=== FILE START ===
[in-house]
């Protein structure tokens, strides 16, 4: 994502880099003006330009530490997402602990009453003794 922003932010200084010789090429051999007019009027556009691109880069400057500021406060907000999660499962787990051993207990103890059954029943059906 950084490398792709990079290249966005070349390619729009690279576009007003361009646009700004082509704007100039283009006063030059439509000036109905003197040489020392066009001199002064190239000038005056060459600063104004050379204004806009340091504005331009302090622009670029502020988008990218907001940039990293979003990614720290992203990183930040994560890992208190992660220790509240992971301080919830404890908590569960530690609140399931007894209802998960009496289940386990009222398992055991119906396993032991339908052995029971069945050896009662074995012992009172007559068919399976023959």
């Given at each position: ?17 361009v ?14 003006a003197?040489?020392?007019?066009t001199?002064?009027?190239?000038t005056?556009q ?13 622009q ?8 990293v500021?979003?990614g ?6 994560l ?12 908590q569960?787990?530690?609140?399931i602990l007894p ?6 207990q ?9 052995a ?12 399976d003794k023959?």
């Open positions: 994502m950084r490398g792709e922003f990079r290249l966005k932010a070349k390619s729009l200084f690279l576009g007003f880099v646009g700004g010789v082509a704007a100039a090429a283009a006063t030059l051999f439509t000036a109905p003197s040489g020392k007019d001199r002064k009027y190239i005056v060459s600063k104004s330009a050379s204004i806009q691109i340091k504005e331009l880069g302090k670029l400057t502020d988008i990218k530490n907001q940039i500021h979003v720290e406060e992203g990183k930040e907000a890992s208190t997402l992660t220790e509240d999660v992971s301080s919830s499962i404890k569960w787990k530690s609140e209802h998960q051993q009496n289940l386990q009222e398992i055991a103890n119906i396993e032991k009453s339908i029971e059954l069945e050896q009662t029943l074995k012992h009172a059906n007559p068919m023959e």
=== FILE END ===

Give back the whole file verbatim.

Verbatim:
[in-house]
């Protein structure tokens, strides 16, 4: 994502880099003006330009530490997402602990009453003794 922003932010200084010789090429051999007019009027556009691109880069400057500021406060907000999660499962787990051993207990103890059954029943059906 950084490398792709990079290249966005070349390619729009690279576009007003361009646009700004082509704007100039283009006063030059439509000036109905003197040489020392066009001199002064190239000038005056060459600063104004050379204004806009340091504005331009302090622009670029502020988008990218907001940039990293979003990614720290992203990183930040994560890992208190992660220790509240992971301080919830404890908590569960530690609140399931007894209802998960009496289940386990009222398992055991119906396993032991339908052995029971069945050896009662074995012992009172007559068919399976023959």
């Given at each position: ?17 361009v ?14 003006a003197?040489?020392?007019?066009t001199?002064?009027?190239?000038t005056?556009q ?13 622009q ?8 990293v500021?979003?990614g ?6 994560l ?12 908590q569960?787990?530690?609140?399931i602990l007894p ?6 207990q ?9 052995a ?12 399976d003794k023959?």
């Open positions: 994502m950084r490398g792709e922003f990079r290249l966005k932010a070349k390619s729009l200084f690279l576009g007003f880099v646009g700004g010789v082509a704007a100039a090429a283009a006063t030059l051999f439509t000036a109905p003197s040489g020392k007019d001199r002064k009027y190239i005056v060459s600063k104004s330009a050379s204004i806009q691109i340091k504005e331009l880069g302090k670029l400057t502020d988008i990218k530490n907001q940039i500021h979003v720290e406060e992203g990183k930040e907000a890992s208190t997402l992660t220790e509240d999660v992971s301080s919830s499962i404890k569960w787990k530690s609140e209802h998960q051993q009496n289940l386990q009222e398992i055991a103890n119906i396993e032991k009453s339908i029971e059954l069945e050896q009662t029943l074995k012992h009172a059906n007559p068919m023959e």